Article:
Knowledge Centre:
News Digests

Stay abreast of what’s happening internationally with developments in corporate public affairs. Here is news that you may find useful and interesting:

Just doing itND

Lui Jie, China Business Weekly, 7 April 2008

Nike’s 2008 CSR China report outlines the company’s efforts to improve employee working conditions through transparent, informed and constructive dialogue with all its stakeholders. Additionally, Nike China will help domestic migrant workers — who constitute a majority of their Chinese factory workforce, by providing facilities to help them better adjust. This approach forms part of Nike’s global CSR targets to eliminate excessive overtime, develop HR management and education training programs. The Chinese government has also demonstrated efforts to improve employee rights through the Labour Contract Law and Employment Promotion law, which was passed in January this year. For more information see

Hyundai-Kia will upgrade transparency ND

Kim Yoo-Chi, Korea Times, 6 April 2008

Pressure has been mounting in South Korea for improved corporate transparency amidst the current investigations into the Samsung group’s alleged bribery scandal. The Hyundai- Kia group has announced it will pursue good corporate governance practices based around the key areas of trust management, environmentally-friendly management, and social contribution. Hyundai-Kia’s new management strategy follows confirmation from the nation’s largest lobby group, the Federation of Korean Industries, that it will rate how companies fulfil their social responsibilities. For more information see

The new corporate citizen communications: Spin or transformation?ND

Bradley Googins, Center for Corporate Citizenship, March 2008

Communicating about corporate citizenship is not just a communication issue. It involves matters of organisational transformation, as companies need to practice what they preach in order to appear genuine and believable. For more information see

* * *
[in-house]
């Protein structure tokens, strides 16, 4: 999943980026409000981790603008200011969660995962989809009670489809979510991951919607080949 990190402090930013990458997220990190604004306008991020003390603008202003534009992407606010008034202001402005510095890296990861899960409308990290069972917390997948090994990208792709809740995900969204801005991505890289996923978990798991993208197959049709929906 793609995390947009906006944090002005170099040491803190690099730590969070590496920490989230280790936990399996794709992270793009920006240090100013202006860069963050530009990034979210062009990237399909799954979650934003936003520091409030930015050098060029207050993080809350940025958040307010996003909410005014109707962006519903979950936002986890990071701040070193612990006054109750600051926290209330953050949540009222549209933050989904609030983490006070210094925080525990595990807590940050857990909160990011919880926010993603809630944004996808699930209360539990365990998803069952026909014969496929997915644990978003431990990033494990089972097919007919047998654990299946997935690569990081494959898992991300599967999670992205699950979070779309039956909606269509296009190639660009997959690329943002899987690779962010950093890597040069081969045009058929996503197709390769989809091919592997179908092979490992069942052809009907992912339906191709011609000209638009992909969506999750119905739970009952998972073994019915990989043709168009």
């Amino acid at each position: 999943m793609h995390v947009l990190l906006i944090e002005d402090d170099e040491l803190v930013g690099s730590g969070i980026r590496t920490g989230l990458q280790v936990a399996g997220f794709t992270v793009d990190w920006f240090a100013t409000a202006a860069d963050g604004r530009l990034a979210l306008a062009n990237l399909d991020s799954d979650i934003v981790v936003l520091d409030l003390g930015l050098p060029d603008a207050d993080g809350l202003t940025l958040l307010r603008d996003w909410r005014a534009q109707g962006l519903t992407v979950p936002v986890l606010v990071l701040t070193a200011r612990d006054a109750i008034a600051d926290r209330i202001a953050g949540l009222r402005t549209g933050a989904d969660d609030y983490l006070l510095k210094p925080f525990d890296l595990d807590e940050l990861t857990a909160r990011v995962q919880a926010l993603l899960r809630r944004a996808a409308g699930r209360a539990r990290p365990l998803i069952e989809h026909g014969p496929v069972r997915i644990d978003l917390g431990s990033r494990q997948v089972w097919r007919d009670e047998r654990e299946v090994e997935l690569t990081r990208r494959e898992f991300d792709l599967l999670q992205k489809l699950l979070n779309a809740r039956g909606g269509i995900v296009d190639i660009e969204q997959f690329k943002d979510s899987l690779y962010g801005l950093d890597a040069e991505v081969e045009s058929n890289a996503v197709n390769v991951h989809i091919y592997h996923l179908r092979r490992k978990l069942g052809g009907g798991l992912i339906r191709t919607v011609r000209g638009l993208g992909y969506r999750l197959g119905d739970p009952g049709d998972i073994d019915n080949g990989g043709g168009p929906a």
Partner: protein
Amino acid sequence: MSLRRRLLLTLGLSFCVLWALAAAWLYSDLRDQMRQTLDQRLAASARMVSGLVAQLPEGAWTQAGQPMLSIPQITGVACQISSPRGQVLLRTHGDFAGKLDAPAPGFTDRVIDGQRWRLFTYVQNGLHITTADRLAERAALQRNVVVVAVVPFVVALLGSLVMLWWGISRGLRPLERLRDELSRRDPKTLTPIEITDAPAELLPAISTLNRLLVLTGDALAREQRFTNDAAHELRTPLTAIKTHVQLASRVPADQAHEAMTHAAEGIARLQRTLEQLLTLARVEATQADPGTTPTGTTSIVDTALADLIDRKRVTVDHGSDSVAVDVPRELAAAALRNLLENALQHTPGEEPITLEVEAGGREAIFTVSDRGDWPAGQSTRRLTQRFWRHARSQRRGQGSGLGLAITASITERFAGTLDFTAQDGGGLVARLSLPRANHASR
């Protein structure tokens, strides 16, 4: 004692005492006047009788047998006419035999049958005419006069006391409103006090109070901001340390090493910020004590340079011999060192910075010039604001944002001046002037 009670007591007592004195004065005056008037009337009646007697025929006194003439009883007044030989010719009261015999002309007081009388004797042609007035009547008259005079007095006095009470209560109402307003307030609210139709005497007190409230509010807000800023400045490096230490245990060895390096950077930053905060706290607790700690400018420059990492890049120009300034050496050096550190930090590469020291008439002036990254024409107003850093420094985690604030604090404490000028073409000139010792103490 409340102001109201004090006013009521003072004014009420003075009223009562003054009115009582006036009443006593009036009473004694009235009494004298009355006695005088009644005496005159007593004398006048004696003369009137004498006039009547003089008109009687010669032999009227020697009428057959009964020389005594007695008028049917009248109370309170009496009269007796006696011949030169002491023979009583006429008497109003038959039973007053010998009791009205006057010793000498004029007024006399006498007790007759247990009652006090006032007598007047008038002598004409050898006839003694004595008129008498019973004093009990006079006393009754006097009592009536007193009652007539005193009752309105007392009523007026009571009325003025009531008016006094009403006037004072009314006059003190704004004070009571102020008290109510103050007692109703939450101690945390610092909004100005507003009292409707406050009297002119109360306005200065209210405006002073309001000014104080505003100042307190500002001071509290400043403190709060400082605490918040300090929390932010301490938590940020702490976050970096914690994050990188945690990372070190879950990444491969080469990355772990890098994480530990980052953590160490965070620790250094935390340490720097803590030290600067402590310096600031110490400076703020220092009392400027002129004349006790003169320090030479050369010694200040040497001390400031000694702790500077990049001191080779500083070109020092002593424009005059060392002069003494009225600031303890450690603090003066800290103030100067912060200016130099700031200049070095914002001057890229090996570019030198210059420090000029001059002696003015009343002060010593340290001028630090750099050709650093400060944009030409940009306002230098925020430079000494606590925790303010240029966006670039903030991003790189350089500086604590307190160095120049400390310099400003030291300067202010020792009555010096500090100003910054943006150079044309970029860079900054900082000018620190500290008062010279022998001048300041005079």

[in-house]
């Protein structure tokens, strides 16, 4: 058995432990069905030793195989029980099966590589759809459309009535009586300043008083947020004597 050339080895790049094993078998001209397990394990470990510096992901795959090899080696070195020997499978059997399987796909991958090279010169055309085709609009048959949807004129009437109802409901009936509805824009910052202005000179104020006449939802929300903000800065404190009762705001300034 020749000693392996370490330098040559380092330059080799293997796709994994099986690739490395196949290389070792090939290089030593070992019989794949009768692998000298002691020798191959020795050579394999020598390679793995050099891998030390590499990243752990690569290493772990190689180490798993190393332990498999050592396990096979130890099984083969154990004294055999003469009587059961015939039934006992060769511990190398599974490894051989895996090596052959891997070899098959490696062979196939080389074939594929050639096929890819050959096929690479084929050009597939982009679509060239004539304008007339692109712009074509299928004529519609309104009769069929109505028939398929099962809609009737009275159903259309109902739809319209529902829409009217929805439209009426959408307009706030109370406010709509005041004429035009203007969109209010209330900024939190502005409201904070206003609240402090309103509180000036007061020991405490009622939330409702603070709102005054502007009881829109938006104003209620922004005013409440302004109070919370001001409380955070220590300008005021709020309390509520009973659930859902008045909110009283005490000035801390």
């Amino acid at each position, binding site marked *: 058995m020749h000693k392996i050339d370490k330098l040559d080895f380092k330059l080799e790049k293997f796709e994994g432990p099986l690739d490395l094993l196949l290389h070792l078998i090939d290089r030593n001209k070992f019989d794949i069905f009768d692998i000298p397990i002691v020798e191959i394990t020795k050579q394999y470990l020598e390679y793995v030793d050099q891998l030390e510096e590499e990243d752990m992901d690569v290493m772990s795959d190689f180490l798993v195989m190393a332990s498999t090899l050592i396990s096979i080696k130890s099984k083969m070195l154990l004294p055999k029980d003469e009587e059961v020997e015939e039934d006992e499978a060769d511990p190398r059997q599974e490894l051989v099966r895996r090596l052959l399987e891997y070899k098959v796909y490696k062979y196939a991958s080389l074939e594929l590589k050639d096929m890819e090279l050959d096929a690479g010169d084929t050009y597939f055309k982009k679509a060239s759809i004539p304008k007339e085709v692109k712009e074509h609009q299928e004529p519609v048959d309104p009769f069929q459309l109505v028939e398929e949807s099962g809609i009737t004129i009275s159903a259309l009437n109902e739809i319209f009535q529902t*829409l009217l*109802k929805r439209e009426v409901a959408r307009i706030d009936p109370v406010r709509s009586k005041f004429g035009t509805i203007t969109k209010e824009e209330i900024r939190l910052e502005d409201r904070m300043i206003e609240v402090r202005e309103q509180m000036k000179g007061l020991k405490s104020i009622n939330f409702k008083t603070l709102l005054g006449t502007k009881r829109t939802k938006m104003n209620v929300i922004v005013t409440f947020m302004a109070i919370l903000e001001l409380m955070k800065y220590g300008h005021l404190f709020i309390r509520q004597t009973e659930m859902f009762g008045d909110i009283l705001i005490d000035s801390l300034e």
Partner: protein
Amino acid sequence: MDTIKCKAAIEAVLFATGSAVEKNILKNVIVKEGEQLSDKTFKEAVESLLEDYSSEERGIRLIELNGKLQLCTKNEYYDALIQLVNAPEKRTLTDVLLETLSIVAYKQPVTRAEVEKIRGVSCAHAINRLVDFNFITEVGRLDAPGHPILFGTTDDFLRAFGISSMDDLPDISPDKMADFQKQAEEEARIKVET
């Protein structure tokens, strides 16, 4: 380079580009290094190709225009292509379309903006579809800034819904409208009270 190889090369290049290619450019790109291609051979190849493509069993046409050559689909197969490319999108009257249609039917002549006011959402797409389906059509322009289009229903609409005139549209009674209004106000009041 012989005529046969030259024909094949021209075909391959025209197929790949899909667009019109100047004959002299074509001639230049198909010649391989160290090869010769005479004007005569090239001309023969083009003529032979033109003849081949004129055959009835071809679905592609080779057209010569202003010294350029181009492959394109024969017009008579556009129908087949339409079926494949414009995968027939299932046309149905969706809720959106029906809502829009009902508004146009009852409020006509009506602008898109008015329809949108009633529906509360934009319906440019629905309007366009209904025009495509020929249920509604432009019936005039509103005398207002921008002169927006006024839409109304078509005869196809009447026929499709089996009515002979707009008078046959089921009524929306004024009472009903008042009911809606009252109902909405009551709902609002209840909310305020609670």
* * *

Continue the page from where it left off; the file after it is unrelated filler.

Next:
Where does corporate citizenship belong?ND

Sylvia Ciesluk, Center for Corporate Citizenship, March 2008

Companies often wonder where to include corporate citizenship in their organisational framework, or how to integrate it in other aspects of their business. A recent survey by the Center showed that most companies place CSR in corporate/public affairs, and then the communications department. For more information see

For CFOs, green is the colour of moneyND

Marie Leone,, 27 March 2008

The business case for sustainability is making more sense to CFOs in the US that find revenue-generating opportunities in being green. However, being green is not easy, especially when the basic business activities are out of the company’s direct control. For more information see

Boardrooms turn corporate shade of greenND

Catherine Turner, MarketingWeek, 26 March 2008

The concept of corporate social responsibility has moved on from community programmes and philanthropy to include a broader set of issues and initiatives, including those relevant to the environment. It has also become part of how businesses manage their organisations and build relationships with their external stakeholders. For more information see

Volunteering abroad to climb at IBMND

Claudia Deutsch, The New York Times, 26 March 2008

IBM is sending its employees abroad, on volunteering programs, to share their skills with businesses in developing countries. The company views this initiative as a management development exercise that will give its employees an opportunity to work with strangers and projects in unfamiliar territories. Employee interest has so far been very high. For more information see